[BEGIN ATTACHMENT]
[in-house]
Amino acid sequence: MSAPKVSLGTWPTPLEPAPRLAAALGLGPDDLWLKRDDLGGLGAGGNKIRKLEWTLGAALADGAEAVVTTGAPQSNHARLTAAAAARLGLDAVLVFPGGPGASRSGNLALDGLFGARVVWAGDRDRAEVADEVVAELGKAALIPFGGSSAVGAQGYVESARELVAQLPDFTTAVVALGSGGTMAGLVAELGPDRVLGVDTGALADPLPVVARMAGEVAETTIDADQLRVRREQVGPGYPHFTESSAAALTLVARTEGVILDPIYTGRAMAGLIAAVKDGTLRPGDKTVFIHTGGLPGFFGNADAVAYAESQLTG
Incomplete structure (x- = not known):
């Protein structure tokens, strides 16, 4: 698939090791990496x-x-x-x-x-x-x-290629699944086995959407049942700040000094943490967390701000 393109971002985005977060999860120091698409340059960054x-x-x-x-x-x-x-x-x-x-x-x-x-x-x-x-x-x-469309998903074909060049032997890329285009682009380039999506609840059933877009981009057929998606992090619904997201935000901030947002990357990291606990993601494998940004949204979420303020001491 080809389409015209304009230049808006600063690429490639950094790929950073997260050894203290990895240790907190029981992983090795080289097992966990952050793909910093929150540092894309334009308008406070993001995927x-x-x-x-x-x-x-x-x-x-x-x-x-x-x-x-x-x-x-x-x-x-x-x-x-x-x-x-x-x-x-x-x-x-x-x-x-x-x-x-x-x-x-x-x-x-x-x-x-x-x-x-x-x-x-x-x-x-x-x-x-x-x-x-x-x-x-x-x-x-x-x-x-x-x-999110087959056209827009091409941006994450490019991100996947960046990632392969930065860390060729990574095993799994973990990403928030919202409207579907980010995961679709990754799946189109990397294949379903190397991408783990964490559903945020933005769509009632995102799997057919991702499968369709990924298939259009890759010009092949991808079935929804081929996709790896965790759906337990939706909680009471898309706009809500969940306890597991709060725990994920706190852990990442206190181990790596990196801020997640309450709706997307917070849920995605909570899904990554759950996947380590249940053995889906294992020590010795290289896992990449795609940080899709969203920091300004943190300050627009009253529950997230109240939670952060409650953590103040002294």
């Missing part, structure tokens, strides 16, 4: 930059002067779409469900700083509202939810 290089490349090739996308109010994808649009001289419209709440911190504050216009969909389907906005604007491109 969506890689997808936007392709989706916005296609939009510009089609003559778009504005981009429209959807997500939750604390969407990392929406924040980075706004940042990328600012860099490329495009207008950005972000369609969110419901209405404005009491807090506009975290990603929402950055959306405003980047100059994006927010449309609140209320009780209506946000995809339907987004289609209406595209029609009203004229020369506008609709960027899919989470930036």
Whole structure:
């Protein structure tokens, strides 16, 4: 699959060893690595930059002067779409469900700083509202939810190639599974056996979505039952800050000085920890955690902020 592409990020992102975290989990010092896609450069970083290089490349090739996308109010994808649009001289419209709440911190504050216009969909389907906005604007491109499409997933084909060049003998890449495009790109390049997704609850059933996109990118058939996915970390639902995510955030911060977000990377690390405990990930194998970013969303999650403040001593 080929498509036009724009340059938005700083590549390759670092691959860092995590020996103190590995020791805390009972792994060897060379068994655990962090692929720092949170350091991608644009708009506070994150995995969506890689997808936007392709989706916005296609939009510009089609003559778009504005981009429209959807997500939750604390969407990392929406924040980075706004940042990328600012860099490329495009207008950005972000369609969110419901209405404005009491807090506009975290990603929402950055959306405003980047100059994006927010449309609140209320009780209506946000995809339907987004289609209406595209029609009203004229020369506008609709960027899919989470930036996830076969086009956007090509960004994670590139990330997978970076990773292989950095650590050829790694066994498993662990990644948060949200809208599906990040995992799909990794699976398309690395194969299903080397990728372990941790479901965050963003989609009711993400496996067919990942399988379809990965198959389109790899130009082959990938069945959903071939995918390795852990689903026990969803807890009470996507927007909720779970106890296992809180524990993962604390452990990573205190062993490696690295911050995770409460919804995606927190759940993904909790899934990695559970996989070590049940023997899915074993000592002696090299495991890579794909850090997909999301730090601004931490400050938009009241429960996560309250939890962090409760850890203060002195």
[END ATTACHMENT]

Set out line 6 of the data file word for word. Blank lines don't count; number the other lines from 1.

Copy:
Whole structure: